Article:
Smale had been a long time stalwart of the Murrays Bay Boating Club, and was a key member of the team who developed the club from a beach boating and fishing club into one of the major forces of New Zealand sailing. One of his projects was the development of the Father and Son class, which was designed for the purpose which its name suggests, capable of being sailed by a father and son and also used with an outboard for fishing or being rowed. Smale developed a radical rig for the craft which featured a pre-bent mast and fully battened sail, which also rotated and was held in the boat by just three stays. It looked unorthodox but worked superbly.
The RFS as the class became known was also sold as a kitset, through Farmers chain of retail stores - with a cleverly engineered building system that used the delivery crate as a building base.
The first boat was launched Sunday 17th July 1966.
At the start of the 1964/65 season, the committee decided to sell Miss Nance and build a new rescue boat. This was to be a John Spencer 18 foot Sabre design powered with a 40Hp. The boat was built under Dave Cox's house, and launched in 1965, known as Rescue 1. The name reflected the main job of the boat - rescue, as the races were still generally started form the wharf, as in the above mid 60's photo. This boat operated all the way through to the launch of Brin Wilson in 1982.
Murrays Bay's longest serving Commodore started his twelve year reign in 1964. He took over from Derek Blount, and handed on to Jack Shorthouse in 1975. Dave even came back for more in 1978/79 when Commodore Colin McKnight moved to the South Island, and Dave stood in for the remainder of the term.
By September of 1961 enough money had been raised to purchase the Miss Nance, a kauri, carvel built 16 footer with 5 ft 6 inch beam and powered by a fully marinised Ford 10 motor. She needed painting and this was to proceed each weekend until the official launching day which was set as 11.45 on Sunday October 22nd. The boat was to be painted in the club colours but there was some disagreement as to what this entailed.
Eventually she had a white hull with a lemon cabin with a black band and pastel blue inside.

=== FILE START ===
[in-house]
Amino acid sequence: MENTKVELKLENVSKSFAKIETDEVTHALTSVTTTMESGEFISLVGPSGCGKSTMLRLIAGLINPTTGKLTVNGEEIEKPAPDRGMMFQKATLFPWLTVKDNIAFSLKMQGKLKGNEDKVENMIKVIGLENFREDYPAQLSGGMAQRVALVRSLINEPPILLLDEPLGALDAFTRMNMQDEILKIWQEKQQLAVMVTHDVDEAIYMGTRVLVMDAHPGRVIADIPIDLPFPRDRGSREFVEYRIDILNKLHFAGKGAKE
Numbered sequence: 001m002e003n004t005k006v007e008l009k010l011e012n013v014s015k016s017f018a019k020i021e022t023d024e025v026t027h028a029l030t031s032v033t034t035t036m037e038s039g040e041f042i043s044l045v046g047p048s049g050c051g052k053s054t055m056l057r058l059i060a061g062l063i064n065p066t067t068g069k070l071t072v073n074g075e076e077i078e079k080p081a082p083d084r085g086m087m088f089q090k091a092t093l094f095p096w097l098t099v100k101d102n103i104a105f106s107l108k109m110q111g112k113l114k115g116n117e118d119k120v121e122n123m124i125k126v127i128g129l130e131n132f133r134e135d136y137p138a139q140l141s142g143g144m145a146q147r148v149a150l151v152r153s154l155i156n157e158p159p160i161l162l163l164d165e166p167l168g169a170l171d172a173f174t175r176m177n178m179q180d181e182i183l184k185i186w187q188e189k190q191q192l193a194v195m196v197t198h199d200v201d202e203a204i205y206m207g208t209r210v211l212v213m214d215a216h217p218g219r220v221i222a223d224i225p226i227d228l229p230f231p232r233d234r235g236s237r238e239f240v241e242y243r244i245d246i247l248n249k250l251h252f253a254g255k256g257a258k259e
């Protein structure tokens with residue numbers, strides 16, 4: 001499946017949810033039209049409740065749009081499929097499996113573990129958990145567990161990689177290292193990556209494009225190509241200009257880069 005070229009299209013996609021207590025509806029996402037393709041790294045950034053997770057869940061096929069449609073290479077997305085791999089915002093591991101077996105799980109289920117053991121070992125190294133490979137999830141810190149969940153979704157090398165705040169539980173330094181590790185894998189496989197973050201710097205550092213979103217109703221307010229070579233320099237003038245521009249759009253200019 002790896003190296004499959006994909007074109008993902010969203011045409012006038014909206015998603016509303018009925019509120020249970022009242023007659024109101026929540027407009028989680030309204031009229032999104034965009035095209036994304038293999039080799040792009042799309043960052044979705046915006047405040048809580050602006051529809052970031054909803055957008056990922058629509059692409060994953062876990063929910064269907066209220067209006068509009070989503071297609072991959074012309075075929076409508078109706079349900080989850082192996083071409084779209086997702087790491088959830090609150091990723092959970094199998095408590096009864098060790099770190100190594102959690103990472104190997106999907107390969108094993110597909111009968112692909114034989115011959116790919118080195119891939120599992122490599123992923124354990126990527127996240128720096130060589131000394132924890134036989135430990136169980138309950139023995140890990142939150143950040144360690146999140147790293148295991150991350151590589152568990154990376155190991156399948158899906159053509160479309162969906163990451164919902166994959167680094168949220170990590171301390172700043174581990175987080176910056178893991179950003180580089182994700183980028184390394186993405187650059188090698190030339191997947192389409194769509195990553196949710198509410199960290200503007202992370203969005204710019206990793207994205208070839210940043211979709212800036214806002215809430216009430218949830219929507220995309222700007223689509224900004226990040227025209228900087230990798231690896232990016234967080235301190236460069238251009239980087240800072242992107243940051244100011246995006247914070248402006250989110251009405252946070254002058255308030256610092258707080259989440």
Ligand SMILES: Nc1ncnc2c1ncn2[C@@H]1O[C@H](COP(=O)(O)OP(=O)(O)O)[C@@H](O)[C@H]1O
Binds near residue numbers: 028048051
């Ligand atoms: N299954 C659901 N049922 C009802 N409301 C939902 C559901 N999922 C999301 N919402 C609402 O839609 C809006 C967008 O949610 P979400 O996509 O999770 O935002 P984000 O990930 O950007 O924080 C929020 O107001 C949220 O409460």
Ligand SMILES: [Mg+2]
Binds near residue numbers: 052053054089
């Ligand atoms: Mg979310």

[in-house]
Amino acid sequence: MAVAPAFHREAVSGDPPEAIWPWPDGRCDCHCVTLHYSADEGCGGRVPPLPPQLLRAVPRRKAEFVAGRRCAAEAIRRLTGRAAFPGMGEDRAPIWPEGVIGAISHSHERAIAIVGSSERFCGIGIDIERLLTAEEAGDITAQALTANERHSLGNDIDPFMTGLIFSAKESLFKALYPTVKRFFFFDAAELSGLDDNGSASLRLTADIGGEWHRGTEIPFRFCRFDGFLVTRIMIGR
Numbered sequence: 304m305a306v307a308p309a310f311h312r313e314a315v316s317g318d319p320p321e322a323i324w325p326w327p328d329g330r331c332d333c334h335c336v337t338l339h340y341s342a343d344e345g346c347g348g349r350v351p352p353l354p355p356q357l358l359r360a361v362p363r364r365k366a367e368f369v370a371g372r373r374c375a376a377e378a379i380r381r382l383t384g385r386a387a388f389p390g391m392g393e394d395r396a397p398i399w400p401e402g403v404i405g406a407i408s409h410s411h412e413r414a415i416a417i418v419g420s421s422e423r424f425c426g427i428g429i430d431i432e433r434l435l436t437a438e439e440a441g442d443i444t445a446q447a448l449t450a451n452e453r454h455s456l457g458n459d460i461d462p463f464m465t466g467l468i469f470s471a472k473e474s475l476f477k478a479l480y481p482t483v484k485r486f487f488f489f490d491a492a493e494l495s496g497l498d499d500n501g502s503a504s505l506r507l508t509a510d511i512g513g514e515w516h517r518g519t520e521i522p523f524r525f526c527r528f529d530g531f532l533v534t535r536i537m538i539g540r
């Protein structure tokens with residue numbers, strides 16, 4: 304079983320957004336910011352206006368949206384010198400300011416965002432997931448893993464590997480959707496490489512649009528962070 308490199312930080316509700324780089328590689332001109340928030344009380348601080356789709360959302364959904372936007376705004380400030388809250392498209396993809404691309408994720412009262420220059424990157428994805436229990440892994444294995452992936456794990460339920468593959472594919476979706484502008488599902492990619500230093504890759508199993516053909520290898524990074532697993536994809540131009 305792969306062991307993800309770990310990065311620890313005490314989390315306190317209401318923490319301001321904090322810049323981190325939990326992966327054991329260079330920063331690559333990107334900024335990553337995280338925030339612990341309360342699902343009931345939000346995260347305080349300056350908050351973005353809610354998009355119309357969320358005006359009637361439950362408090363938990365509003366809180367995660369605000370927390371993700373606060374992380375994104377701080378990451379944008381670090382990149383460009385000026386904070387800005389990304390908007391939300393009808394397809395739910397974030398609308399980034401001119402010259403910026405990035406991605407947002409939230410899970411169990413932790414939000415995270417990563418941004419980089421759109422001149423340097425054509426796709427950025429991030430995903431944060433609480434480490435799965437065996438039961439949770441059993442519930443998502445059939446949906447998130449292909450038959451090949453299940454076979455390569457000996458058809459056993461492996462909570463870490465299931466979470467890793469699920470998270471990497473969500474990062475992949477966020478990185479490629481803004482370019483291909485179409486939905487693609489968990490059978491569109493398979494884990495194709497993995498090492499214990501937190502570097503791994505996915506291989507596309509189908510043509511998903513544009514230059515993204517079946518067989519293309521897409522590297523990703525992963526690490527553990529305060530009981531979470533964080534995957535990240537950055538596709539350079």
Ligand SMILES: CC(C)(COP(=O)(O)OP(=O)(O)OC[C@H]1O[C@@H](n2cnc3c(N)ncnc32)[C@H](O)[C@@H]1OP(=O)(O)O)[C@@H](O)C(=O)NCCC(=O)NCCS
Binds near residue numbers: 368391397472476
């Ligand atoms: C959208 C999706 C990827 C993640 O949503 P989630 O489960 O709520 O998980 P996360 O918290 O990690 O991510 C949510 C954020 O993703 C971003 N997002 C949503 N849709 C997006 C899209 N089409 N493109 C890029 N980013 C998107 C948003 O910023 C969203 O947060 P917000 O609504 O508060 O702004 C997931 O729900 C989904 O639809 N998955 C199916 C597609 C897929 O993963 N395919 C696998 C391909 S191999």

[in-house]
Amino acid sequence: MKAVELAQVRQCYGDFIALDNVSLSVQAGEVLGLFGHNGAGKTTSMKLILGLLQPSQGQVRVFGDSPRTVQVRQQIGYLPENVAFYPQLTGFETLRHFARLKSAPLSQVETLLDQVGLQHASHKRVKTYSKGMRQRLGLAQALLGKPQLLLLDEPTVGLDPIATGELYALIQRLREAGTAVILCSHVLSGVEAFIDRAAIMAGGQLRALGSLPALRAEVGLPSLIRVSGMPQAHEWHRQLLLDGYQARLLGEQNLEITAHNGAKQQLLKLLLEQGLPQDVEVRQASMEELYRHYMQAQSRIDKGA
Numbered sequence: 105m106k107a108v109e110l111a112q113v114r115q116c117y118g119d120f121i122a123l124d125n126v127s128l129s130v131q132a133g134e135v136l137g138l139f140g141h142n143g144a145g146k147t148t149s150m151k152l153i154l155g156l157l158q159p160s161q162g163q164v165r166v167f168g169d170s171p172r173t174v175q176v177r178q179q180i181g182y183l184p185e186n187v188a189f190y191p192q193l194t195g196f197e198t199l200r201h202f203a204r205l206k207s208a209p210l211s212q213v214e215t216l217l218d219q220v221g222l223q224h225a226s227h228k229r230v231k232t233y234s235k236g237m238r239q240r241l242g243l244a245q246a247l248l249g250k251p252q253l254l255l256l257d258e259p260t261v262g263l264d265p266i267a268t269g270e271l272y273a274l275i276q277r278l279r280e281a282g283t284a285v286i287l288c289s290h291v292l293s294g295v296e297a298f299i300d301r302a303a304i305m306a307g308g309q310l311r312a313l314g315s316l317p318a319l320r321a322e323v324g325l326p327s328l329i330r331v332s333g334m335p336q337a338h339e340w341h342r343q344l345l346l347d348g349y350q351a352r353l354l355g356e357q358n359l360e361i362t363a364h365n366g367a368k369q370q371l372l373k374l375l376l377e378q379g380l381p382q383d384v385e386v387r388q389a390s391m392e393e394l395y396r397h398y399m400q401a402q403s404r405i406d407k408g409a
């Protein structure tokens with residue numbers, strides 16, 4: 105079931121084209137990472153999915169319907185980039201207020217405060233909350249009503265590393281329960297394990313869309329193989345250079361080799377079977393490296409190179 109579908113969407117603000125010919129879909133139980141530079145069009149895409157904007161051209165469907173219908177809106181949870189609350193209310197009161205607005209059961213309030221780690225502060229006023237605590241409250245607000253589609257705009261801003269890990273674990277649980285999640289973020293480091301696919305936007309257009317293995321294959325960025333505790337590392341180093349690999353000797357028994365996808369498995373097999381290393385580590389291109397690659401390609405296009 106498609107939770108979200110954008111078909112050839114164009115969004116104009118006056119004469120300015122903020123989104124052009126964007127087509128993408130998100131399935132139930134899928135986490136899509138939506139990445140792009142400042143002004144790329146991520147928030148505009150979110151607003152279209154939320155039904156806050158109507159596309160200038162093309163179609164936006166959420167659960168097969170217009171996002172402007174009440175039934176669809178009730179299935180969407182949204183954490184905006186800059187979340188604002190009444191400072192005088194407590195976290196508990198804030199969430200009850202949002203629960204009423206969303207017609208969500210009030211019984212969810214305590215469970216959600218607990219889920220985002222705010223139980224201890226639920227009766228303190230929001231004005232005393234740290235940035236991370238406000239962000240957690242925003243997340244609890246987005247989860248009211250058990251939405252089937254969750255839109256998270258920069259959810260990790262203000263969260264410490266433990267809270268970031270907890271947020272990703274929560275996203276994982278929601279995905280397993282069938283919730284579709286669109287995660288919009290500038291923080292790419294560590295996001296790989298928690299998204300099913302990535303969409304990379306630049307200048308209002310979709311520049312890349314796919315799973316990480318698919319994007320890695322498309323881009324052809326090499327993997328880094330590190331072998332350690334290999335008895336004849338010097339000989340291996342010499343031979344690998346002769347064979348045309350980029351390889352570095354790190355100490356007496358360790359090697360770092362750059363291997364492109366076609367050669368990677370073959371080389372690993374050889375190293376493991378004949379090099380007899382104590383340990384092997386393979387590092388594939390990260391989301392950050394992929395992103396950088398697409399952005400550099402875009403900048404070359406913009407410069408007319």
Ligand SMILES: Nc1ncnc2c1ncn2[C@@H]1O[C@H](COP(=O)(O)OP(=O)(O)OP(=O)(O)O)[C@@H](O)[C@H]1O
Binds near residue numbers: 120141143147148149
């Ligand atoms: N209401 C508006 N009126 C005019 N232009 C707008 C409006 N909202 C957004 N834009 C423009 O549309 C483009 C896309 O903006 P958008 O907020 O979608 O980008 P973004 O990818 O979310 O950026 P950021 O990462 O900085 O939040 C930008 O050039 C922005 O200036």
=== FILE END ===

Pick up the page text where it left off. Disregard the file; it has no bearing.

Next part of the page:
The boys maintaining the buoys at the back of Smiths Beach Store, 1960.
L-R, Graham Smith, Harold Bennett, Derek Blount, Bryan 'Sprat' Smith.
We haven't dated this photo yet, but clearly taken off the Murrays Bay wharf at race start.
Q2, Ada, has returned from Sydney where she sailed the first 12 Foot Interdominion in 1957. She was originally built and sailed by John Sharp with John Lasher, but taken to Sydney by Ian McRobie. She was likely the first Q Class to have a trapeze.
Sail No 55 is a Kitty Cat - a 12 foot catamaran designed by Jim Young. The first one was built by John Peet of Glendowie, and easily won the second 12 Foot Interdominions held at Glendowie in 1959. Catamarans were banned from that event there after! Peet's boat was painted red and had a cat cartoon by Minhinnick on the sail. Could this be the original boat, perhaps in training with Ada before the 1959 Interdominions?
A Cherub in behind G79, and a collection of NZ Moths - the 11 foot Scow - are older designs, the first Moth designed in Australia 1948, and the first Cherub by John Spencer, from Torbay Yacht Club, in 1952.
In 1958 Whilst the majority of the action had gone to Browns Bay the local lads, amongst them, Keith Martin, Peter Oxborough and Eddie Miller with their two Zeddies and an Idle Along, continued to sail from Murrays Bay and it was Mrs. Nina Smith, joint owner of the corner store which stood where the carpark is now located, who suggested that the boys form a sailing club. Founding members included Bill and Nina Smith, Harold Bennett, Ron Pook, Dan Mason, Cyril Francis, Ted Miller, Bryan Smith and Graham Smith and they held their first meeting at the Smiths house. A further meeting was held at the home of Ray Skyrme the original owner of what is now the clubhouse and between 30 and 35 people turned up. This was clearly enough to start a proper club, The Murrays Bay Boating Club, and at the third meeting a full committee was elected.